Monday, May 15, 2017

In July 2016, Merwan Saher reported that only 16 per cent of Alberta’s child welfare case workers are complying with provincial rules that require them to make personal contact on a regular basis with the foster children they supervise.


If only 16% of child welfare case workers are making regular personal contact with the children in their care then it seems clear to me that there will be problems in oversight. I mean most parents are providing contact with the kids they have in home so why not the public parent of the government of Alberta?
If case workers aren't trained to do their work then they need to be upgraded. If more education is required this should be done. And if this is about not enough time (i.e. more money is required) then I guess the GOA will have to put up the money.
If there is money for everything else like the dumb climate leadership plan that is a wash because you can't convince me that putting a carbon tax on all of us and then returning the money to most of us will result in a change in behaviour--well if there is money for spin of this magnitude then there is money for our most vulnerable children in Alberta.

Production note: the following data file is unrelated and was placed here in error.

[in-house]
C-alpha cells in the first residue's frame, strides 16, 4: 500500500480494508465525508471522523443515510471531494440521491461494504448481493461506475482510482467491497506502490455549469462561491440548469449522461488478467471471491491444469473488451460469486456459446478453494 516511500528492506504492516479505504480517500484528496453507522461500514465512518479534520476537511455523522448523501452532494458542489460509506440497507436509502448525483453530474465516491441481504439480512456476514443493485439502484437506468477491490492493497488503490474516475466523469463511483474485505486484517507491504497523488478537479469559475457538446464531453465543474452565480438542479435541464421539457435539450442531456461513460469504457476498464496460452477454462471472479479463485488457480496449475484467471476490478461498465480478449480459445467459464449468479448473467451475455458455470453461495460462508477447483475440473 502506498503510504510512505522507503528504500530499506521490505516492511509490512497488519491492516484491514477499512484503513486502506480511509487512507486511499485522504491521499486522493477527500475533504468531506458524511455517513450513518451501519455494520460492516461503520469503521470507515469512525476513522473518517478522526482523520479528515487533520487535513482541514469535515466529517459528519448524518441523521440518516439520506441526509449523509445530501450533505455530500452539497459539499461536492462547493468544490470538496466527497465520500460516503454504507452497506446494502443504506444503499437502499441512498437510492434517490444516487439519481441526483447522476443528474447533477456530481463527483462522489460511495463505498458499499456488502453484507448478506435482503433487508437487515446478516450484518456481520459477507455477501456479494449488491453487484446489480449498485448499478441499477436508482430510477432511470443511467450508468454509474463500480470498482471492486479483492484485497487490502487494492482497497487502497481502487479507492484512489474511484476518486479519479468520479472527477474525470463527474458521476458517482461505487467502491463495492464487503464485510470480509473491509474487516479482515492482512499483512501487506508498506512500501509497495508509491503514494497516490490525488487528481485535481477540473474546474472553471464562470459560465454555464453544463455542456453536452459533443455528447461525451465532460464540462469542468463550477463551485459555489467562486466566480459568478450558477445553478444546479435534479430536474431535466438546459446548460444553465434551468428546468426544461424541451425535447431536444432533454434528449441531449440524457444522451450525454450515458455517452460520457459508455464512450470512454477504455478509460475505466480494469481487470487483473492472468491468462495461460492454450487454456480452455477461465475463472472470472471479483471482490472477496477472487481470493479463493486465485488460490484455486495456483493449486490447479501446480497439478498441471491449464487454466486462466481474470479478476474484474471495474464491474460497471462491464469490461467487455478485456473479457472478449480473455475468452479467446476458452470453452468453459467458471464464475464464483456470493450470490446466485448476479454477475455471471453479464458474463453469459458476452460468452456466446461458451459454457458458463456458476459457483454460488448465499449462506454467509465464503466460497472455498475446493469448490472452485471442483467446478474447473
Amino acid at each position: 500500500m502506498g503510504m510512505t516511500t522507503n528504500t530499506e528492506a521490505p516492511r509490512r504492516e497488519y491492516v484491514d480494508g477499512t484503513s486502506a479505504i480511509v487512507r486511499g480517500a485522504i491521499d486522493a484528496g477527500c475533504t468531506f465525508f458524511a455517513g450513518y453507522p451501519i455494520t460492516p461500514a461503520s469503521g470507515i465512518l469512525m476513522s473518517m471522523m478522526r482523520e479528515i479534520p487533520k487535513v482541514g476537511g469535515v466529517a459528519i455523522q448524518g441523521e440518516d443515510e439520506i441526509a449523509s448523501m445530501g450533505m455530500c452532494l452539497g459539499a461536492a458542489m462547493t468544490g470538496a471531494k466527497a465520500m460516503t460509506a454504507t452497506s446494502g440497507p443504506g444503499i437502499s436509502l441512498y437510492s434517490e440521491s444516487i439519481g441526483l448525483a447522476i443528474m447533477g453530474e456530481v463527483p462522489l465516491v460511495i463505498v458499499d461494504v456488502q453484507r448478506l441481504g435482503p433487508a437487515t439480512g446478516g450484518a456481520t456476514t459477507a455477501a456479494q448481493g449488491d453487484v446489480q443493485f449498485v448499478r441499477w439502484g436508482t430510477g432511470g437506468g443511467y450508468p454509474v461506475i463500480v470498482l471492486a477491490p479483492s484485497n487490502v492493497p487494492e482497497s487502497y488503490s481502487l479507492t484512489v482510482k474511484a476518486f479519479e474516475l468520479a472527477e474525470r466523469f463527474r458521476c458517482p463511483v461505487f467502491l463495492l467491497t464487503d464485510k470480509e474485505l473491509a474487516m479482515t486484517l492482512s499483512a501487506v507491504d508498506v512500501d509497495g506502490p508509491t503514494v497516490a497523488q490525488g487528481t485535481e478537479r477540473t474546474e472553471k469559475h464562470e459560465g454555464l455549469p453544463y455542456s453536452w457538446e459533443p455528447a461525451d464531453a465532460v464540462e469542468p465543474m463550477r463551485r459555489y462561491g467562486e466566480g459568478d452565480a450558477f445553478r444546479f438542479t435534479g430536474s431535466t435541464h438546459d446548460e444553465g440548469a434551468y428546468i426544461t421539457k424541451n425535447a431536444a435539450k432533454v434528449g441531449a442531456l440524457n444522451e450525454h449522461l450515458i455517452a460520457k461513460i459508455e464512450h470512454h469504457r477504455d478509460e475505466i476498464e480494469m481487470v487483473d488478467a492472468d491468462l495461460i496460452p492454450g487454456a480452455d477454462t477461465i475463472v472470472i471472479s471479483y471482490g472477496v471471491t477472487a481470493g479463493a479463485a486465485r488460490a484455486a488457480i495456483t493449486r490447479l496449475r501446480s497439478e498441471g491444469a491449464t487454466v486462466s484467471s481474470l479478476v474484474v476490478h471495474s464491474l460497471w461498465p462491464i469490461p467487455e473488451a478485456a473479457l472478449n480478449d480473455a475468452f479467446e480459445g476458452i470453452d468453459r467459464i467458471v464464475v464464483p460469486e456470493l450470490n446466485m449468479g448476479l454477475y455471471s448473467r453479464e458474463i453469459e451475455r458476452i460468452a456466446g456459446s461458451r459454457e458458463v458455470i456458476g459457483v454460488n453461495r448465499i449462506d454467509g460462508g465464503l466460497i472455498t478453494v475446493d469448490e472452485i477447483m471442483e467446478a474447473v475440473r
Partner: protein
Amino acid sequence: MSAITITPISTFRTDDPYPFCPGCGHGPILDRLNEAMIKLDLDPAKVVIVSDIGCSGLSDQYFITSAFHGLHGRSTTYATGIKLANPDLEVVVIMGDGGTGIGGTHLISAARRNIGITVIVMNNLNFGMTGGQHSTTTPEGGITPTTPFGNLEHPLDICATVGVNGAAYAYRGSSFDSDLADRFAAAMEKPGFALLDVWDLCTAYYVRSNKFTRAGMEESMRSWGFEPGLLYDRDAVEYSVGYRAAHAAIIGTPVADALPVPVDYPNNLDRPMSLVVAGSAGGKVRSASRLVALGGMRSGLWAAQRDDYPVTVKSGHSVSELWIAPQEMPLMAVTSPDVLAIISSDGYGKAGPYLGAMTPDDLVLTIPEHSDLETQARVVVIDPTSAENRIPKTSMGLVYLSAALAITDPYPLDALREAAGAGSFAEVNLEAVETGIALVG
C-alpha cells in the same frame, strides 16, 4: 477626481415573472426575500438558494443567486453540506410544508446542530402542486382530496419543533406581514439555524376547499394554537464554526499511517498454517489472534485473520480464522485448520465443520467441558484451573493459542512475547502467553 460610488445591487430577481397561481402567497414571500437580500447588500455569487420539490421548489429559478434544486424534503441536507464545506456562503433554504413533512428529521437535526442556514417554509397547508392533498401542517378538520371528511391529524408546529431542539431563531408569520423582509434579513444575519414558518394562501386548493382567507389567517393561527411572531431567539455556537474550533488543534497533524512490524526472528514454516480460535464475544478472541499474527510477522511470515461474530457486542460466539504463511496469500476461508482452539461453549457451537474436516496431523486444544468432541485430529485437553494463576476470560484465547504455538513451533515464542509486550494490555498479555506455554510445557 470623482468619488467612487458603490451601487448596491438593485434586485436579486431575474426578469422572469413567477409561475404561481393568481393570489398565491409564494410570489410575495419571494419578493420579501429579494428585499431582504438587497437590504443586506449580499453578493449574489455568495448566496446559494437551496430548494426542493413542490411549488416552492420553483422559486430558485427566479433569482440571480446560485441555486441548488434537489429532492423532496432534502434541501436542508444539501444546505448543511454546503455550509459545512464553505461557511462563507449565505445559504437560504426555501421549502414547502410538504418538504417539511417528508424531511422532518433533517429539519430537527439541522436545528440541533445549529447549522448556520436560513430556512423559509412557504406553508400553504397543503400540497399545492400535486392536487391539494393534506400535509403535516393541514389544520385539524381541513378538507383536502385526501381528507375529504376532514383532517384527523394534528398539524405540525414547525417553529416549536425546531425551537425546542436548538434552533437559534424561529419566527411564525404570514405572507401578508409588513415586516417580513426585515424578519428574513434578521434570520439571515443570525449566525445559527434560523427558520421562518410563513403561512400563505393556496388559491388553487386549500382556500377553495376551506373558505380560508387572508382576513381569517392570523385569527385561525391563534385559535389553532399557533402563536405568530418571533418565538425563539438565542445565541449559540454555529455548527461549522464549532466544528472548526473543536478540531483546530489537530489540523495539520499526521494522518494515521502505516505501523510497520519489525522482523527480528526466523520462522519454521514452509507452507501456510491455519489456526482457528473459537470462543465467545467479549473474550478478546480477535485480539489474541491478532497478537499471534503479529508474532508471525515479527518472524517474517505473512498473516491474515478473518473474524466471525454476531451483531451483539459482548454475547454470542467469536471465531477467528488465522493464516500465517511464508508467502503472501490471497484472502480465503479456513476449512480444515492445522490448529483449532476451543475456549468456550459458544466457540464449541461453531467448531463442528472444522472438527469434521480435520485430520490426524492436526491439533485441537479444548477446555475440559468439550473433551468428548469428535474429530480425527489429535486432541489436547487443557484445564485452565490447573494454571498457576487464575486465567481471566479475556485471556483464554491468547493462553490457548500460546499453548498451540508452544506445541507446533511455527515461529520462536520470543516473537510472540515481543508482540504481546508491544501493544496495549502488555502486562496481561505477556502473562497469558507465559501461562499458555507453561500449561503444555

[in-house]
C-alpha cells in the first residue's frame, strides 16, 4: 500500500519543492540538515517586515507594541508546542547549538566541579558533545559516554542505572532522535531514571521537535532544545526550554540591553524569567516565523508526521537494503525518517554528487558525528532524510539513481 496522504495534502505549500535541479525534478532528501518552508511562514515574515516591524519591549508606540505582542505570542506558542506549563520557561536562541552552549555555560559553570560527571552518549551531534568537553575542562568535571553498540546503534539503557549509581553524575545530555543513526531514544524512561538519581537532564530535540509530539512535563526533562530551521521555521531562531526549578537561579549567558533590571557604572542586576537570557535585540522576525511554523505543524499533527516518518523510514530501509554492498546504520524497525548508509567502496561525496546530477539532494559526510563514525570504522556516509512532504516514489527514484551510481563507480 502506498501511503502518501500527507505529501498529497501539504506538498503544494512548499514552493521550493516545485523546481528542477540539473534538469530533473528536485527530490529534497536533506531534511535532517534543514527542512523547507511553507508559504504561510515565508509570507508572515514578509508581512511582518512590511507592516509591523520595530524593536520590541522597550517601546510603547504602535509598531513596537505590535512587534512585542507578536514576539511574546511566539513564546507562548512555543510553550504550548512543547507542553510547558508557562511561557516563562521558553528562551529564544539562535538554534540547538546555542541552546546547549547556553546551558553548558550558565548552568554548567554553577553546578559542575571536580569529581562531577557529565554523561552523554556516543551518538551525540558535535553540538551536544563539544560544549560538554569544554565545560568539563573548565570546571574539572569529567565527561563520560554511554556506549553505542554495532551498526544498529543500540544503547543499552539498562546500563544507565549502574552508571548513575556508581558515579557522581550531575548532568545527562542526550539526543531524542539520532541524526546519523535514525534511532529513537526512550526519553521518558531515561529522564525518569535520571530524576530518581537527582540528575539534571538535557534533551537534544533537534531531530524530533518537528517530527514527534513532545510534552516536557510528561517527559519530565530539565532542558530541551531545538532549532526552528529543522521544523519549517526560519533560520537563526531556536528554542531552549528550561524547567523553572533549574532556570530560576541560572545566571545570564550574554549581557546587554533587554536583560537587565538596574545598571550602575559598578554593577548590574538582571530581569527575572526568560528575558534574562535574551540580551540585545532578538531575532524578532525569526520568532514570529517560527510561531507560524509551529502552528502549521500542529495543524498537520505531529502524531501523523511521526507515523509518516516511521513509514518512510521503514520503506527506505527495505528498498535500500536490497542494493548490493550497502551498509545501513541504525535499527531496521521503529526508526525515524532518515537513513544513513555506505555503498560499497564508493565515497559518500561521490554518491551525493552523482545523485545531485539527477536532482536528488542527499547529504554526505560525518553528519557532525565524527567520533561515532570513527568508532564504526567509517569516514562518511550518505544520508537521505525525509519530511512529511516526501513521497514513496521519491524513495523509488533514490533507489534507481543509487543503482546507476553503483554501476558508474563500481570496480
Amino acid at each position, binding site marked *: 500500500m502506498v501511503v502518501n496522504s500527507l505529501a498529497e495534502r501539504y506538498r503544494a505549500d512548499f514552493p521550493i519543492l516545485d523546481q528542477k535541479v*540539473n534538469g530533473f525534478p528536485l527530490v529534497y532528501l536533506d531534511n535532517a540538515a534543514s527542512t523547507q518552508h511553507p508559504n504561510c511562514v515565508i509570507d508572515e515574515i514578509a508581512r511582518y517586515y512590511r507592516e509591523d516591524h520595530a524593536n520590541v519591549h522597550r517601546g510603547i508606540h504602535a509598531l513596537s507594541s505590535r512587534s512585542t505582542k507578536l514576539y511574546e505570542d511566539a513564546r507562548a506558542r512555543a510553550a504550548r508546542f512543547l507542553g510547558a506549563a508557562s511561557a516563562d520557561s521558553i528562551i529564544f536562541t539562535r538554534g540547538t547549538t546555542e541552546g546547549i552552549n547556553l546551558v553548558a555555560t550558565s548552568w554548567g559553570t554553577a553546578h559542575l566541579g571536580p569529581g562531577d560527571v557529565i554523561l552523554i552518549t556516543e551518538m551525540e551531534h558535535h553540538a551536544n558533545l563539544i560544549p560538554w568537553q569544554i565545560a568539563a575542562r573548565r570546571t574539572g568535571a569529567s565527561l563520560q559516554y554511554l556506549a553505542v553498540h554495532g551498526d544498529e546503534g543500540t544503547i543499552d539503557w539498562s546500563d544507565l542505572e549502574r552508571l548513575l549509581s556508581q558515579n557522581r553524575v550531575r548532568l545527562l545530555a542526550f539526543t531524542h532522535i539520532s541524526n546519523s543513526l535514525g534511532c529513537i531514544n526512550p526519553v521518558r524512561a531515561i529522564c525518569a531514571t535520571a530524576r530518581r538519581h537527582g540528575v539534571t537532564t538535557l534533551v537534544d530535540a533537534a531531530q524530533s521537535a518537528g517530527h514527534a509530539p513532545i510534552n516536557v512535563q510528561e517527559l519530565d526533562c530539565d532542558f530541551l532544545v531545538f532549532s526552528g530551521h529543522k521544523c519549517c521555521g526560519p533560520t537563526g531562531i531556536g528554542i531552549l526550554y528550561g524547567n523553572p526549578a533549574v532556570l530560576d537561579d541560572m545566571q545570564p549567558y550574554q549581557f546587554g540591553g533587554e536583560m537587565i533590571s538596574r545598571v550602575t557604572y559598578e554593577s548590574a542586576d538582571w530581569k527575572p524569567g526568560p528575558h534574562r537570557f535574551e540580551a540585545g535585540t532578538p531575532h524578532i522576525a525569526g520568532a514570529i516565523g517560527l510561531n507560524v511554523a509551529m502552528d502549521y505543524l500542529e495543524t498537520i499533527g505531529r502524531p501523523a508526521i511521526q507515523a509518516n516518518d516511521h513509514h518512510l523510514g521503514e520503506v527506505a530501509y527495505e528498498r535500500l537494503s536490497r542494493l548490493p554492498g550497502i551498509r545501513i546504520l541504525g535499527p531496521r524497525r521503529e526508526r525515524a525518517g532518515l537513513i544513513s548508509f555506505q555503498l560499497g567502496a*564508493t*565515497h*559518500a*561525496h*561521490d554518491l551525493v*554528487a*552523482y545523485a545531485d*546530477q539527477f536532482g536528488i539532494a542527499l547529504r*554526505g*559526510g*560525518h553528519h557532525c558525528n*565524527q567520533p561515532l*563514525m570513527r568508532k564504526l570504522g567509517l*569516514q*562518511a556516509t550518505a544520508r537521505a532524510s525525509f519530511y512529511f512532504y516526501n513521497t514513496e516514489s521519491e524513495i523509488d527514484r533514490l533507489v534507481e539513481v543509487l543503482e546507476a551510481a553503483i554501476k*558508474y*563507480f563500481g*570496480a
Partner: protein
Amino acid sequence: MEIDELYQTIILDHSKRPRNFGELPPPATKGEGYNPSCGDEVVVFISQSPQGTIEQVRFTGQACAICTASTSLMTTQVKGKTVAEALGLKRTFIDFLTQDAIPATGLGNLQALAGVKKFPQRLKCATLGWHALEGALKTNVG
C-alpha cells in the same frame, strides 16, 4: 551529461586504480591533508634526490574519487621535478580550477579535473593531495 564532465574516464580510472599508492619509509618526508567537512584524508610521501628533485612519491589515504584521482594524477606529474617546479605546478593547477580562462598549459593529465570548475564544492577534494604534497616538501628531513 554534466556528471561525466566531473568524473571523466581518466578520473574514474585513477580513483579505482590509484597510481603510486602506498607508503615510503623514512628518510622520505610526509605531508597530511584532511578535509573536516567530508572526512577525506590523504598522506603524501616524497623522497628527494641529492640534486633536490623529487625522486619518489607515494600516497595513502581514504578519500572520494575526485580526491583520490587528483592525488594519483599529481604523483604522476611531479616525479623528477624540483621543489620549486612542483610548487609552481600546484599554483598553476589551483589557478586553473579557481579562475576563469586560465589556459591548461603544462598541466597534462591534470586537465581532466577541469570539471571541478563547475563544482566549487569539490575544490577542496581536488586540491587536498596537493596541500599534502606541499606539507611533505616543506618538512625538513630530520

Unless of course the money is to be used for other useless projects like the propping up of alternate health programs of dubious benefits to the populace of the Pure North type. http://www.cbc.ca/…/alberta-health-carl-amrhein-pure-north-…
CBC INVESTIGATES
Alberta Health deputy minister lobbied for funding for private health foundation
Carl Amrhein advocated for Pure North while with Alberta Health Services
By Charles Rusnell, Jennie Russell, CBC News Posted: May 11, 2017 7:00 AM MT Last Updated: May 11, 2017 11:09 AM MT


http://calgaryherald.com/news/local-news/first-nations-health-leader-added-to-alberta-child-intervention-panel


First Nations health leader added to Alberta child intervention panel

Published on: May 8, 2017 | Last Updated: May 8, 2017 3:51 PM MDT
Members of the public in attendance at the Alberta government's new Child Intervention Panel held at Government House in Edmonton on February 1, 2017.